The most revealing aspect of Mitt Romney’s tense interview with Fox’s Bret Baier was the look that crept onto the former governor’s face: that of a boxer cruising to victory who can’t believe his opponent has just risen from the mat again. Romney seems to be living through his own version of the famous Monty Python scene, “Nobody expects the Spanish Inquisition!” No one, and certainly not Romney, expected Newt Gingrich.
But ready or not, here comes Newt. And Romney was decidedly not ready. Yet it’s easy to understand why. A look back at Romney’s relationship with the conservative movement during the last three years offered no preview that he would be unceremoniously dropped, certainly not for Gingrich. To watch Romney’s speech to the Conservative Political Action Conference (CPAC) in 2008–and again in 2009 and 2010–is to begin to understand the suddenly staggering former frontrunner.
When Romney took the stage at CPAC in 2008, it was to announce his withdrawal from the race in order to consolidate Republican support around John McCain. But apart from the atmospherics–Romney was introduced by Laura Ingraham and the crowd practically begged him to take his candidacy all the way to the convention–the speech itself seemed to solidify his membership in the conservative movement.
America is strong, Romney said, but warned that “The threat to our culture comes from within…. Dependency is death to initiative, risk-taking and opportunity. Dependency is culture killing. It’s a drug. We’ve got to fight it like the poison it is.”
He received standing ovations. There was a sense from the audience that giving up on Romney’s candidacy was giving up on the conservative fight–at least for now. The following year, Romney returned to a hero’s welcome. McCain had lost, just as conservatives predicted when they warned of nominating an erratic compromiser. The year after that, 2010, Romney’s appearance at CPAC received rave reviews. But 2011, for Romney, had none of that magic. Something had happened in the interim: President Obama had forced through Congress and over the objections of the American people his signature initiative, Obamacare.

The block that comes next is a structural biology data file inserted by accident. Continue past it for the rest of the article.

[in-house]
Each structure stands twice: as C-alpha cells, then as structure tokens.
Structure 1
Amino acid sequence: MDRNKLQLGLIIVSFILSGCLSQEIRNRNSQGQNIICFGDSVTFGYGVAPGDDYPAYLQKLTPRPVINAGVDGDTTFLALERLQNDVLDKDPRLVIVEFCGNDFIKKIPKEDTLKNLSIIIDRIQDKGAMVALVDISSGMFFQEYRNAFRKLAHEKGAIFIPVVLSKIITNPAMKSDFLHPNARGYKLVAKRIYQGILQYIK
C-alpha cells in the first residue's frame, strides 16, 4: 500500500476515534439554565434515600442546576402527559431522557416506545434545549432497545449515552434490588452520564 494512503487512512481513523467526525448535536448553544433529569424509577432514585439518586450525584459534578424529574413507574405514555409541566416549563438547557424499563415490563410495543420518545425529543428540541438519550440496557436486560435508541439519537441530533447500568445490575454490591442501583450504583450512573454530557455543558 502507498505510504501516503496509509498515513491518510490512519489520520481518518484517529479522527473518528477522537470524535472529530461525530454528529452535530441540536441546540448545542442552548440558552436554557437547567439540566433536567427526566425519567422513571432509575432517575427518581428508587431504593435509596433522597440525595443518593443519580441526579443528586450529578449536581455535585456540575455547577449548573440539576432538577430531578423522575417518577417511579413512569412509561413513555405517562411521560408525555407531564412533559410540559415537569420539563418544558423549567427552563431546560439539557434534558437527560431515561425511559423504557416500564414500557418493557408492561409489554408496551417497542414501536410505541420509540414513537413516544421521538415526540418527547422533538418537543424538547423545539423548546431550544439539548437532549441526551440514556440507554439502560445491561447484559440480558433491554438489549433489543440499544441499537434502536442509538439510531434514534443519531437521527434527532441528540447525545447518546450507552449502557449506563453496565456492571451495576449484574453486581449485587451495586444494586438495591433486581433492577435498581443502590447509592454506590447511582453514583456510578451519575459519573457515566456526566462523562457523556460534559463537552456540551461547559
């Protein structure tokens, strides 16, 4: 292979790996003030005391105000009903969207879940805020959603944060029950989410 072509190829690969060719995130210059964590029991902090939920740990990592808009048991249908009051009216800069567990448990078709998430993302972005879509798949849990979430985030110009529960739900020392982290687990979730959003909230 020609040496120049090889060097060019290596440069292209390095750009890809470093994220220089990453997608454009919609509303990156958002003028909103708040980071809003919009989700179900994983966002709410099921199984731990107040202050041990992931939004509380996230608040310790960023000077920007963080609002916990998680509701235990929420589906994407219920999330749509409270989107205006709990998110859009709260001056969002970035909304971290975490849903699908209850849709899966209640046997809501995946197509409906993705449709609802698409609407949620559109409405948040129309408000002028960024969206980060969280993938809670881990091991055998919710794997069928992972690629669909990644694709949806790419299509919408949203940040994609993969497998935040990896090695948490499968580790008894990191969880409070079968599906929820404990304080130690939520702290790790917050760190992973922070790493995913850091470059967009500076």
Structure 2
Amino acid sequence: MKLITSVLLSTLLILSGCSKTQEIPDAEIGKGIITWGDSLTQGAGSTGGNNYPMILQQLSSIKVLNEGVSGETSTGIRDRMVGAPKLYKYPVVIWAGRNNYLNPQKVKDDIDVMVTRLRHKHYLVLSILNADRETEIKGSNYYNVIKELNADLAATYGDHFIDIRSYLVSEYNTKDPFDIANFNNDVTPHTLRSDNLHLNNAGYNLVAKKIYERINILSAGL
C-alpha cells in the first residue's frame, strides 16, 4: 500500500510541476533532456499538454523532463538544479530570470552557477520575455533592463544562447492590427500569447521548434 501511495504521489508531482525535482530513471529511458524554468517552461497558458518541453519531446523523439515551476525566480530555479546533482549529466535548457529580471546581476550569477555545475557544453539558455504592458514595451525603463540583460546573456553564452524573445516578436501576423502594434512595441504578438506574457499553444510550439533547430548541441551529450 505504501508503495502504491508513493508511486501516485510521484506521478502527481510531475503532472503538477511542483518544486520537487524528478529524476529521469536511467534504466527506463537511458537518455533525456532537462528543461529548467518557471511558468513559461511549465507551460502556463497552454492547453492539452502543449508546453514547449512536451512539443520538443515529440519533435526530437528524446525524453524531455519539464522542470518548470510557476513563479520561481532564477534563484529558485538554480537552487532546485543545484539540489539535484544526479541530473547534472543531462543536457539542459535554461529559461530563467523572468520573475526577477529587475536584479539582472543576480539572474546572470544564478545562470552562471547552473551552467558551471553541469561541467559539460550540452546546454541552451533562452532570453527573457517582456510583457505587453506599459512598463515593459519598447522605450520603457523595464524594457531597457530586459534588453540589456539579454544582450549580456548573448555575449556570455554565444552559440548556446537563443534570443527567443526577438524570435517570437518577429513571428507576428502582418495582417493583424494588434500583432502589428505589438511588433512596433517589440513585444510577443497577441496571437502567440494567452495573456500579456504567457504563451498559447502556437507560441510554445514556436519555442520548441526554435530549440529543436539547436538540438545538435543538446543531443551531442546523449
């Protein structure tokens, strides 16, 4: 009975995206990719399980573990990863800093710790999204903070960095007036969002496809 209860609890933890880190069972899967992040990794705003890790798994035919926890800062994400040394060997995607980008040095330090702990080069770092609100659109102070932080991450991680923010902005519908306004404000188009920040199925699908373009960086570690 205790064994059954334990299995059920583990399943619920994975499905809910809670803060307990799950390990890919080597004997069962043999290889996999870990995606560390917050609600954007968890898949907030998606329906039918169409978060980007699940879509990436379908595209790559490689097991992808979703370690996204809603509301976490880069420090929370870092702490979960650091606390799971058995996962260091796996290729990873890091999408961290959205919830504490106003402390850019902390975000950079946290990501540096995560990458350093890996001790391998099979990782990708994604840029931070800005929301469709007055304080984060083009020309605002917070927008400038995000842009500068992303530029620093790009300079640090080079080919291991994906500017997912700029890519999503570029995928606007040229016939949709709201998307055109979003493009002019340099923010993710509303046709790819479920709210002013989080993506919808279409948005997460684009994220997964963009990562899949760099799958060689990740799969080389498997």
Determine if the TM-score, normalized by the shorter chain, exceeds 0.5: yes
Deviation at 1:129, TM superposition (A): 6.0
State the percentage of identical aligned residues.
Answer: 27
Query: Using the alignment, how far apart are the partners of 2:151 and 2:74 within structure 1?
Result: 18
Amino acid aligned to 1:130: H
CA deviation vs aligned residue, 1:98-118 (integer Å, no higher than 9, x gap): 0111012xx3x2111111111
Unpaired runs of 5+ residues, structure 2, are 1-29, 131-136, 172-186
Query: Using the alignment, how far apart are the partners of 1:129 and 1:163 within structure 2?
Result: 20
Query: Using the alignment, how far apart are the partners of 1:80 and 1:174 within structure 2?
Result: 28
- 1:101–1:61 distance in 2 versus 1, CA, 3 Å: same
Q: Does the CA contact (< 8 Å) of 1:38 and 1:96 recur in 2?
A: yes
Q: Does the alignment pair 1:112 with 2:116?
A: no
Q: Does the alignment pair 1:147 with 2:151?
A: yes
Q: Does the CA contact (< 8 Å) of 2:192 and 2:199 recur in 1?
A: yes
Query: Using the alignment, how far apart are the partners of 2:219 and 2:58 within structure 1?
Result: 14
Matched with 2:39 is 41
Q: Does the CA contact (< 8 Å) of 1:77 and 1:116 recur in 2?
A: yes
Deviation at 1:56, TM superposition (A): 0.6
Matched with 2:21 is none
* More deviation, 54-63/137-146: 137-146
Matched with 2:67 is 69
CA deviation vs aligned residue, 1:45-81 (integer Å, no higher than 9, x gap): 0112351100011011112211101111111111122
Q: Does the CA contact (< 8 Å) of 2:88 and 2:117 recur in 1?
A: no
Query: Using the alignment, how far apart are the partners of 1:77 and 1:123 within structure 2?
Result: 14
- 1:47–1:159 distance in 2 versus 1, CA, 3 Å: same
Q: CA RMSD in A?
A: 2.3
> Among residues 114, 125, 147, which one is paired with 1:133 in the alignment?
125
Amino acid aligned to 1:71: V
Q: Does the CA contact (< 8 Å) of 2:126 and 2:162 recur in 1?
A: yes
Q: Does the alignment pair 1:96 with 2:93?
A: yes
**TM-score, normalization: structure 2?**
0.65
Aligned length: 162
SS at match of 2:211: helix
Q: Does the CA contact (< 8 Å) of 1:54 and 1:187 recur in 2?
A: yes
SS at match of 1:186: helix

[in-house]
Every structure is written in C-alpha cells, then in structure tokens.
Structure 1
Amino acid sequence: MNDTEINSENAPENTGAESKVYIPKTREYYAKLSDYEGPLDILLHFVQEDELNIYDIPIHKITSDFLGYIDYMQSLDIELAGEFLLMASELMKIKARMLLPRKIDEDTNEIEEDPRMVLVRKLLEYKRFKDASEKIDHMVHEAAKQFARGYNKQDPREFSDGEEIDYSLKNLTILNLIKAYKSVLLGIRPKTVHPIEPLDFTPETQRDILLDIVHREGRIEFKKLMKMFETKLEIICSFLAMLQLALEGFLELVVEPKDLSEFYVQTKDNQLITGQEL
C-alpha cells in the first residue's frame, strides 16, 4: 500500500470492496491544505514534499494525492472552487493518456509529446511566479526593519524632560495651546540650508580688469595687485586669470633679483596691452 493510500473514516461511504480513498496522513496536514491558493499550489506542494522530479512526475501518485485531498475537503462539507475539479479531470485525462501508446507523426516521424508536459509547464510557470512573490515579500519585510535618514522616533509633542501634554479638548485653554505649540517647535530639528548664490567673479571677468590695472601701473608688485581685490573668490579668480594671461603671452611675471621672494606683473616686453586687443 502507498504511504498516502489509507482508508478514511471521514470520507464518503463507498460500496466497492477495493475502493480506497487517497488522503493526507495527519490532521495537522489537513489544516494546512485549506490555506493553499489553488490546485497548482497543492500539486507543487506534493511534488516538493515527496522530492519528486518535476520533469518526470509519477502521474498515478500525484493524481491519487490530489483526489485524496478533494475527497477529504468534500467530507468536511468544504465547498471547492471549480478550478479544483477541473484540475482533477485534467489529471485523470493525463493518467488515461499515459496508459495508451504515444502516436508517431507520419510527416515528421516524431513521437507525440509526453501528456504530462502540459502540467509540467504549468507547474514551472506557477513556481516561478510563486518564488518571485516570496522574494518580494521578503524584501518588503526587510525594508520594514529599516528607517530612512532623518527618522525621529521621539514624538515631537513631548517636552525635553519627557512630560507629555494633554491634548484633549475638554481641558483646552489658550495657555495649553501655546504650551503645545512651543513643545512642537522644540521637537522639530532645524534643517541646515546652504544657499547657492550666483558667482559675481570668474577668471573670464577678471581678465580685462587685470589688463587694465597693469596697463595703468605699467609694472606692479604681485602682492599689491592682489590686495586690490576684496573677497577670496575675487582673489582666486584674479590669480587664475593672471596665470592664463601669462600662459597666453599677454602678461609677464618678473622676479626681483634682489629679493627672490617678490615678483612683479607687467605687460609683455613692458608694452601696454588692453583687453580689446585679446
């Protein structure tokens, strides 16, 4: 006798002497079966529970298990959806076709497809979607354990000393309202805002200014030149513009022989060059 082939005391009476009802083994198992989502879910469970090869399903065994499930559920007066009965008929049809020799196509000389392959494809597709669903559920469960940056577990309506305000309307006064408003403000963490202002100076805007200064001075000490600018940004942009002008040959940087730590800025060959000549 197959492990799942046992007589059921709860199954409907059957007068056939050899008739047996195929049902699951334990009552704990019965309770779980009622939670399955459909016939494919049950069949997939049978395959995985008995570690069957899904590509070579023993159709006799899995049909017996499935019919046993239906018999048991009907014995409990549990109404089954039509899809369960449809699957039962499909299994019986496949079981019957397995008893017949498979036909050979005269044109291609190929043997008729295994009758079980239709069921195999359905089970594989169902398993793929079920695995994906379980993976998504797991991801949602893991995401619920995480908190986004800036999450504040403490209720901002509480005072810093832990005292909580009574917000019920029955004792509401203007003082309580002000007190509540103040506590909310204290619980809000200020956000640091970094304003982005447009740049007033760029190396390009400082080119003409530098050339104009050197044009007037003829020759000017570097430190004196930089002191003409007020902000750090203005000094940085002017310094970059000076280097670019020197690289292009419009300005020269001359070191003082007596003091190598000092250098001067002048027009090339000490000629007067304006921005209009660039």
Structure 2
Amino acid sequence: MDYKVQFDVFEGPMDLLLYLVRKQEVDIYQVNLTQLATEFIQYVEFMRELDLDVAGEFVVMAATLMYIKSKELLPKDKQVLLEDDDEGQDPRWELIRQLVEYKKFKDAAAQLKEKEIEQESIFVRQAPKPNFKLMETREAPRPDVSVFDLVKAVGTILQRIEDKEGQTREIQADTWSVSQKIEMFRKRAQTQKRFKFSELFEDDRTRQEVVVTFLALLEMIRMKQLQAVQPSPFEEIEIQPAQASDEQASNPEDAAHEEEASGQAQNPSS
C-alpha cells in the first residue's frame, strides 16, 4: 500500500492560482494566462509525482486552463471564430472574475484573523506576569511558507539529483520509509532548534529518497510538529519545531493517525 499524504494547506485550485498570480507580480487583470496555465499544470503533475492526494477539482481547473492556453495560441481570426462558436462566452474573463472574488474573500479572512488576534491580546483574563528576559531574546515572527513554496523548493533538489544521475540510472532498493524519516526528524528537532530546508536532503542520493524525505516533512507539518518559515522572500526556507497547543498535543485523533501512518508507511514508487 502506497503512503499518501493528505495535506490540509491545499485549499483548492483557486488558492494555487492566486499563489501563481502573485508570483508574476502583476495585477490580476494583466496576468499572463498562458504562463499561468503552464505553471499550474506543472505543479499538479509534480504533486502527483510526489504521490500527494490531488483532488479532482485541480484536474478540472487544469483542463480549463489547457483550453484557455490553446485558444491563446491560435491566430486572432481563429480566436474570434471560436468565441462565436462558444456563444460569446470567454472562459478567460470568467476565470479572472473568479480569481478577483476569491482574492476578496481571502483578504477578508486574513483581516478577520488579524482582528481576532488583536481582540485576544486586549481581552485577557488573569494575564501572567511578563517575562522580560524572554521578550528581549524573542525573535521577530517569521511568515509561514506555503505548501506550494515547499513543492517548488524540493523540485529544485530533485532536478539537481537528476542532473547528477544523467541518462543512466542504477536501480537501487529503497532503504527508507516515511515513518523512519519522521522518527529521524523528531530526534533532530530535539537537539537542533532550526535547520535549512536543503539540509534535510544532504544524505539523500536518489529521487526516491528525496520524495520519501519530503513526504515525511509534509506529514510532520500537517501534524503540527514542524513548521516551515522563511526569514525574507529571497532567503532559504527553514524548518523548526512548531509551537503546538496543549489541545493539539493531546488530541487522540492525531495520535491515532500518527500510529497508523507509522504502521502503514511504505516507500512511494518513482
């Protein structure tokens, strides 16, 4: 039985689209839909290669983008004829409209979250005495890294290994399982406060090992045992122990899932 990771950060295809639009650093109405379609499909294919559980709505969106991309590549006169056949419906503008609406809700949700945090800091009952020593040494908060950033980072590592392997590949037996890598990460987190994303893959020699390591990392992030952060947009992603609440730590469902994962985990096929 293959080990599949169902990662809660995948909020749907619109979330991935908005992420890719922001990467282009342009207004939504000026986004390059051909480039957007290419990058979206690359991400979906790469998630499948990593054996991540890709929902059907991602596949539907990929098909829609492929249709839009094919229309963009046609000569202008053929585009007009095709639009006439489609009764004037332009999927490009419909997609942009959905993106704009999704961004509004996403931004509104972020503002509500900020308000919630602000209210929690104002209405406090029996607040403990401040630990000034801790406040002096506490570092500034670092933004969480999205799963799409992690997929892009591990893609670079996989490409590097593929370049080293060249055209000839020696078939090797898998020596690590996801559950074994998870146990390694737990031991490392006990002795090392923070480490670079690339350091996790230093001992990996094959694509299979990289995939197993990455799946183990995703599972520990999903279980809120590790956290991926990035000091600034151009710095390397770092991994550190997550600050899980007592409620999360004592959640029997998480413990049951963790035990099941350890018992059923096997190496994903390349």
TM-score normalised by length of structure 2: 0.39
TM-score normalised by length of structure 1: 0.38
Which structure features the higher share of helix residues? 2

And just like that, the wheels began to come off the Romney train. Last year’s CPAC conference was full of the passion conservative activists bring to the cause–only the source of much of that passion was opposition to Obamacare. How could Romney credibly attack Obamacare?
It’s true there are major differences between Romney’s health care overhaul and that of Obama. But the distinctions were less about which mandate is constitutional and more about the idea behind them–the culture they threatened. Ask conservative activists why they’ve changed their tune on Romney, and some of them will say Obamacare. But many of them won’t put that fine a point on it. Many will say they just don’t trust him. He’s just not one of them.
It’s understandable. Romney has the air of a detached politician, not a genuine conservative warrior. He has switched positions on issues near and dear to the conservative cause, and it’s only fair that his sincerity is questioned. But he thought he put all that behind him.
“I’m going to be the nominee,” Gingrich told ABC News yesterday. And he might be. In the movie “Any Given Sunday,” the football team assembles in the locker room before the big game, where their coach (Al Pacino) gives an oft-quoted pregame speech centering on the difference it makes to fight for the extra inch, every time. “Now I can’t make you do it,” Pacino says to his players. “You gotta look at the guy next to you. Look into his eyes. Now, I think you’re going to see a guy who will go that inch with you. You’re going to see a guy who will sacrifice himself for this team, because he knows when it comes down to it, you’re going to do the same for him.”
That’s what Romney doesn’t have. It’s not really about an anger deficit. It’s a deficit of battle scars. There is still time for Romney to take back the momentum of this campaign. But he needs to earn back the trust of the conservative movement. He needs to summon February 2008.